A Father’s Grief

For a minute, please put away whatever opinion you have on the US military operations, and please take the time to read this story. I am not trying to sway you one way or the other. This is a human interest story only.

My friends at Blue Star Chronicles found an article in the Dallas Morning News about Roy Velez, a Christian who has lost two sons in the United States’ war on terrorism. It is a lengthy article, but well worth your time to read. Please read the article, and then scroll down.

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Because I am a Christian and a previous caretaker to a family member with a severe mental illness, I feel like adding my $0.02.

Both sons were human. They made mistakes in their lives. However, both were men of character, answering the call of their country without looking back. Even after losing his brother, Andrew went back to Afghanistan to continue to serve his country. At a time where he could have said “I won’t serve” without anyone questioning his character, he honored his commitment to his country, even over the objections of his father.

The reason for hiding my observations with empty space follows. As you read in the story, Andrew was not killed by enemy fire, but a self-inflicted gunshot. Some would cheapen Andrew’s character, saying that he made the decision to take his own life. Some Christians would even question his salvation because of his manner of death. I say that both groups are absolutely wrong.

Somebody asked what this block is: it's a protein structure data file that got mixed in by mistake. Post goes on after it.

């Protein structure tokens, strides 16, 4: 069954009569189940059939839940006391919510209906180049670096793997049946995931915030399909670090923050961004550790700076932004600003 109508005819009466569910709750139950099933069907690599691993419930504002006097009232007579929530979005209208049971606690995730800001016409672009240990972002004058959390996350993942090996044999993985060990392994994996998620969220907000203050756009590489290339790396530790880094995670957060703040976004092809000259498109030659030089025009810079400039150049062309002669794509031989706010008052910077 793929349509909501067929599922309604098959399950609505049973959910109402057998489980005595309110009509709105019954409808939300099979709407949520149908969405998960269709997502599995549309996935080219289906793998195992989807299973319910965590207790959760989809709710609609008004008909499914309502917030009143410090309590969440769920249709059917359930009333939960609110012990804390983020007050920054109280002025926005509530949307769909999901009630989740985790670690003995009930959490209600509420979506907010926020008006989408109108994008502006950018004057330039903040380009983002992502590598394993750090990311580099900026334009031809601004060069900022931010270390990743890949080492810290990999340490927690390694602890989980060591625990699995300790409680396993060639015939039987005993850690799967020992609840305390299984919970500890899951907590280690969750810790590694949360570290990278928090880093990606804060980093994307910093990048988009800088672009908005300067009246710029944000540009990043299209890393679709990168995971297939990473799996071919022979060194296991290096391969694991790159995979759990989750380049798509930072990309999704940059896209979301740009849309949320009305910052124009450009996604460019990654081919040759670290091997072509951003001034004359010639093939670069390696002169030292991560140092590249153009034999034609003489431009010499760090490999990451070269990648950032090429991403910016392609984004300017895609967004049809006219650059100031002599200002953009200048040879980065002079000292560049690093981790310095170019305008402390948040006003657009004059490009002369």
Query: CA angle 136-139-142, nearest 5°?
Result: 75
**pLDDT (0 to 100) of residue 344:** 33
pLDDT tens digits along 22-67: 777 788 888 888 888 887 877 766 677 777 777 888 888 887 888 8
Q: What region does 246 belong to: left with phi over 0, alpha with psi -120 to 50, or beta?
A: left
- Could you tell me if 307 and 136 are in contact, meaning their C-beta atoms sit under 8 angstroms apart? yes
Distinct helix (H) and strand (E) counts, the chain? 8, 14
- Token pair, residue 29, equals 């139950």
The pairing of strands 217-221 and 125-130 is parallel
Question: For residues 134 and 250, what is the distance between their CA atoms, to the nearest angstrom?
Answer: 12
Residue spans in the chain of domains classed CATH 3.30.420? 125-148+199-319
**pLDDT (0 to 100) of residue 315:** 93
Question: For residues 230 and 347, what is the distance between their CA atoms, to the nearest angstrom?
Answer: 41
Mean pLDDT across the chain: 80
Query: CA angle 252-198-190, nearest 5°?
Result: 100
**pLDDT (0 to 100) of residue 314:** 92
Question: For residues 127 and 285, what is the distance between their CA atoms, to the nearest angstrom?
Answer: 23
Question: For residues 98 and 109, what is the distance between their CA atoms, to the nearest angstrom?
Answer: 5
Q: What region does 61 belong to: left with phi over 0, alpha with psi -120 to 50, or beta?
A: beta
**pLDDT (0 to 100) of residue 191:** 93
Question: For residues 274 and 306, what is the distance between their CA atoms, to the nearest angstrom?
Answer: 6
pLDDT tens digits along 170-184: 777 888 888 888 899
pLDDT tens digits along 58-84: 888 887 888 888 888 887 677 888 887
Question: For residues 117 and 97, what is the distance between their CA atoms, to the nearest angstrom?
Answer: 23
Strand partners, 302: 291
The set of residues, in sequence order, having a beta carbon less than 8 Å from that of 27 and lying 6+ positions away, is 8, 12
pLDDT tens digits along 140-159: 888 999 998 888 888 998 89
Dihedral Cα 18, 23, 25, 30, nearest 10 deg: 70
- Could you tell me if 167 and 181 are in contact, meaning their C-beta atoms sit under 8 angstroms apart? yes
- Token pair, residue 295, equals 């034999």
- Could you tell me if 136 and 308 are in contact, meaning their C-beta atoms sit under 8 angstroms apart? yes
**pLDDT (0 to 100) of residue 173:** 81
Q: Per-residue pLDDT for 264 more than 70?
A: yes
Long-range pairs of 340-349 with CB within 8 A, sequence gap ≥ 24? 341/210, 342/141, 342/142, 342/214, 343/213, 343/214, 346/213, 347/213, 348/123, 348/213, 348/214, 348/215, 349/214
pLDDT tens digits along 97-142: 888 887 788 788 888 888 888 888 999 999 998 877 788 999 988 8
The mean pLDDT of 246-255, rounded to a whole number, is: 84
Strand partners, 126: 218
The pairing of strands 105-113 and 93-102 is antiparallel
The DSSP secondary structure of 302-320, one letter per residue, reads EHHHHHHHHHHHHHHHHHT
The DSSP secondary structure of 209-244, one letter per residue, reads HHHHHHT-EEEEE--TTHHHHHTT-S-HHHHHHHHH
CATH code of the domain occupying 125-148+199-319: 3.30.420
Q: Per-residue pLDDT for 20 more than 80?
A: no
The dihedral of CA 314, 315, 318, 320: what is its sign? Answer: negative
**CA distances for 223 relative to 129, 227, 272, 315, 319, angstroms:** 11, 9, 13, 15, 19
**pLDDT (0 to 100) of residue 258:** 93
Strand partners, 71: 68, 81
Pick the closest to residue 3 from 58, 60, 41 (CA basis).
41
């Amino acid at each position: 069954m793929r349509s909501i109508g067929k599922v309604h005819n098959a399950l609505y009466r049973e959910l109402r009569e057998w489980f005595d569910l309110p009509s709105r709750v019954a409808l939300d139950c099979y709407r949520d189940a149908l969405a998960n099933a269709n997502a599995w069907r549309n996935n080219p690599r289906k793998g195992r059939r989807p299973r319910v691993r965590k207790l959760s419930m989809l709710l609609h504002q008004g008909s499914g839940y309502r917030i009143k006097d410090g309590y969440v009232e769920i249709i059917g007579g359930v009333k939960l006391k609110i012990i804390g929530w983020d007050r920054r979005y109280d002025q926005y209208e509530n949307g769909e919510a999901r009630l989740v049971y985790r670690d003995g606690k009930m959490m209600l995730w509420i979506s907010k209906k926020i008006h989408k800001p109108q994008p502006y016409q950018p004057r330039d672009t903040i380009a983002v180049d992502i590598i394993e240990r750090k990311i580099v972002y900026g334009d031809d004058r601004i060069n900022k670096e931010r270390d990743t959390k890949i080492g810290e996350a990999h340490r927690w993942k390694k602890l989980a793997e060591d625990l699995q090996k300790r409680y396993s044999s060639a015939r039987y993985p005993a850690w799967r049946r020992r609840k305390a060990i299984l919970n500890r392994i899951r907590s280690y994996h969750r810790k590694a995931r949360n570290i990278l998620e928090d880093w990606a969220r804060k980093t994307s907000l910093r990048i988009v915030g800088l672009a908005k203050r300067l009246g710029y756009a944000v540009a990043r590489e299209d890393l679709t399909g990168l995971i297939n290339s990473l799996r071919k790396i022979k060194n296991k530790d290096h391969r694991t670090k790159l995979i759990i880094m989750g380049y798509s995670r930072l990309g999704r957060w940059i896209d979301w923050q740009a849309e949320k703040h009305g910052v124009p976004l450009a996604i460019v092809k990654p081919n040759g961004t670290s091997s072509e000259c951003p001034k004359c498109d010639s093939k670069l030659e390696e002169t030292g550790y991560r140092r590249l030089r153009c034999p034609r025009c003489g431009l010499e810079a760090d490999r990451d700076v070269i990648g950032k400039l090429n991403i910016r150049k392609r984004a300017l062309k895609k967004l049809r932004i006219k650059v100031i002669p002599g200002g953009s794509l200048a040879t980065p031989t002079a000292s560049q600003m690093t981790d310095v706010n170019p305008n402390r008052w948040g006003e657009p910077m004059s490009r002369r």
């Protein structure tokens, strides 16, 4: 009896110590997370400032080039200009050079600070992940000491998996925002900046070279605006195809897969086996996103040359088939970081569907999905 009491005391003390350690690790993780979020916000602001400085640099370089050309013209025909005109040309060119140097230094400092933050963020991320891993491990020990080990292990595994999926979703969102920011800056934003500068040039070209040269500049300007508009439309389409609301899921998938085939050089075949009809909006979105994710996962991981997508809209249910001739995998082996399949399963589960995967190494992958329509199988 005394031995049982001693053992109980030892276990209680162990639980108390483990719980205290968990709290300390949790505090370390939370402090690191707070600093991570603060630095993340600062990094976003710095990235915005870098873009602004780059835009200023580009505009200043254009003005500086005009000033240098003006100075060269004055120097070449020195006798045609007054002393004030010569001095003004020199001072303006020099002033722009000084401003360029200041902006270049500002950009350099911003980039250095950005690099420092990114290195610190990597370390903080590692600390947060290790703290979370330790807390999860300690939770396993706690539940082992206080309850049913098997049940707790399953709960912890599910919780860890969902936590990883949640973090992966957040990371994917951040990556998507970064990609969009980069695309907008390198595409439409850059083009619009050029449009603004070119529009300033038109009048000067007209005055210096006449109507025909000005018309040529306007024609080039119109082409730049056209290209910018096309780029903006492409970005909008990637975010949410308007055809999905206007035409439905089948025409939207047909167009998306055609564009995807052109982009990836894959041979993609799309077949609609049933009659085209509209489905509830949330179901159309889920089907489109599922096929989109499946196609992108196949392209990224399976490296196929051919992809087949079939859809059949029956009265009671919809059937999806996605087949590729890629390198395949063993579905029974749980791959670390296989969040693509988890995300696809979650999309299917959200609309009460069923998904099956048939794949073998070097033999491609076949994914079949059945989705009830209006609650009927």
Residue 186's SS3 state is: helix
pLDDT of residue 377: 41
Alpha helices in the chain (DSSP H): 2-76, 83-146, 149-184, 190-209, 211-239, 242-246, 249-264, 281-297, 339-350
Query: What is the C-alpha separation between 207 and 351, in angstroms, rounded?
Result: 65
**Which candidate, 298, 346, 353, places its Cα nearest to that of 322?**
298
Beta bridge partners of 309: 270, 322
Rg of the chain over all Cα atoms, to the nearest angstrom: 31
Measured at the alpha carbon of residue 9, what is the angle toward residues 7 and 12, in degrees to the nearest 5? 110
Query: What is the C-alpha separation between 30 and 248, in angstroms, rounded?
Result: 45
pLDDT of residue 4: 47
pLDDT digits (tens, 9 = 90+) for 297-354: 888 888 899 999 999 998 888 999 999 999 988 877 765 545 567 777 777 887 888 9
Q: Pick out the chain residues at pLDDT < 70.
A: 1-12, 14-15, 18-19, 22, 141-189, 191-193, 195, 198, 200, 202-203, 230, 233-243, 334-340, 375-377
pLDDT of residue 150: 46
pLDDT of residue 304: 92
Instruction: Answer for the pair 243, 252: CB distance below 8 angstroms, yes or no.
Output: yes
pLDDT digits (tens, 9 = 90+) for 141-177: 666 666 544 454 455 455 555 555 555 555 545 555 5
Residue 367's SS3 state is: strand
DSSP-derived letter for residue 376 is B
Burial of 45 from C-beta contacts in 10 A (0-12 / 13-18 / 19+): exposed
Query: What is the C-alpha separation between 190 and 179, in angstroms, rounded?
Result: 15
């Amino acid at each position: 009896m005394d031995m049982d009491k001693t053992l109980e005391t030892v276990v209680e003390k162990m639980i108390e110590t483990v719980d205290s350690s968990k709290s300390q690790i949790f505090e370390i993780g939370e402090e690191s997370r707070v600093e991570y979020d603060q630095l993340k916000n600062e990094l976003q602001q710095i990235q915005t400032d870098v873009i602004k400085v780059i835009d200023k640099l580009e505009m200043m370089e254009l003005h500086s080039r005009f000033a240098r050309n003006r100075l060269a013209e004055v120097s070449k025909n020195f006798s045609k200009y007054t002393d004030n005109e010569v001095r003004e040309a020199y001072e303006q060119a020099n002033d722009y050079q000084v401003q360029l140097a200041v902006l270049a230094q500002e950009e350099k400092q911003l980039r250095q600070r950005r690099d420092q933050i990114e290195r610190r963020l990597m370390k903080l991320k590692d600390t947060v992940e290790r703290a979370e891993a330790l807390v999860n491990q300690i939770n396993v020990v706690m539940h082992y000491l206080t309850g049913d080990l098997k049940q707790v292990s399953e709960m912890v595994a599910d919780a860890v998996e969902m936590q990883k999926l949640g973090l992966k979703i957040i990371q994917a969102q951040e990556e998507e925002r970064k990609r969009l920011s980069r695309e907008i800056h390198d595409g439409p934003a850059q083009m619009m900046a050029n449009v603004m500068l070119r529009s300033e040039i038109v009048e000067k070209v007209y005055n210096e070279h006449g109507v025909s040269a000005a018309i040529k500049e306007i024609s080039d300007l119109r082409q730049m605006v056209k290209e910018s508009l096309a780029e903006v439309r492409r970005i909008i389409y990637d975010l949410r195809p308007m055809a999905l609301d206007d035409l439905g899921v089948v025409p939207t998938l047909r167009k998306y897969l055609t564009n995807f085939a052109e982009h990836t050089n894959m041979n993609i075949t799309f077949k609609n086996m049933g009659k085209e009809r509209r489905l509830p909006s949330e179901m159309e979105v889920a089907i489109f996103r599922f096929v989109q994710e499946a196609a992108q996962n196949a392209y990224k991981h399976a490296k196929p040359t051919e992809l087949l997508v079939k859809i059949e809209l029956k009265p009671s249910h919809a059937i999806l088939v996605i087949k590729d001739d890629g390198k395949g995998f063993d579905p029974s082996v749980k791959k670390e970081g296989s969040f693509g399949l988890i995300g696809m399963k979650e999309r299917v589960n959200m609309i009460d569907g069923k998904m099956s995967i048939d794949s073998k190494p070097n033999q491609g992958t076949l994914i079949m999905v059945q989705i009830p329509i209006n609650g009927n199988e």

There are a lot of soldiers who suffer mental illnesses as a direct result of the totally unnatural rigors of war. Adults that aren’t old enough to have attended their fifth high school reunion are watching close friends violently murdered, killing other human beings, and enduring many stresses that no human should ever have to endure. I believe that war induces mental illness in two ways. Sometimes it is caused directly because of what the soldier experiences, while others already have a chemical imbalance that predisposes them to illness. War is merely the trigger to set off what is already in place biologically.

My ex-wife has several mental illness diagnoses. Sometimes she is a wonderful, generous person with a big heart. However, I’ve also seen her at her worst. Yelling, hitting, destructive, and also extremely suicidal. During lucid times, she has expressed the opinion that suicide is nothing more than a person’s decision to end their own life. But if someone’s brain causes someone to end their own life, isn’t that indication enough that their brain is not working correctly? If your arm is broken, your brain tells you that it’s broken, and that you need to get it fixed. If you’re having trouble breathing, your brain tells you that you need to get medical attention. But if your brain is broken…how would you know to get help? The fact is: you don’t.

Andrew’s brain was broken. We don’t know if he had a predisposition towards mental illness before he went to war, and it really doesn’t matter. His brain had suffered injuries because of experiencing combat and the loss of his brother, injuries which turned out to be fatal. The manner in which he met death does not make his sacrifice any less heroic than his brother’s.

If you are a Christian reading this and you question whether or not Andrew is going to heaven…don’t. Nowhere in the Bible does it say that suicide nullifies the payment that Jesus made for his sins, and the notion that it does was invented by man. If I’m wrong (and God knows that I frequently am), please correct me. And if you’re not Christian, save the “organized religion” crap for someone else.

Please continue to pray for their father that he would experience many blessings for the extremely noble way he has handled these tragedies.

Category: Christianity, Military

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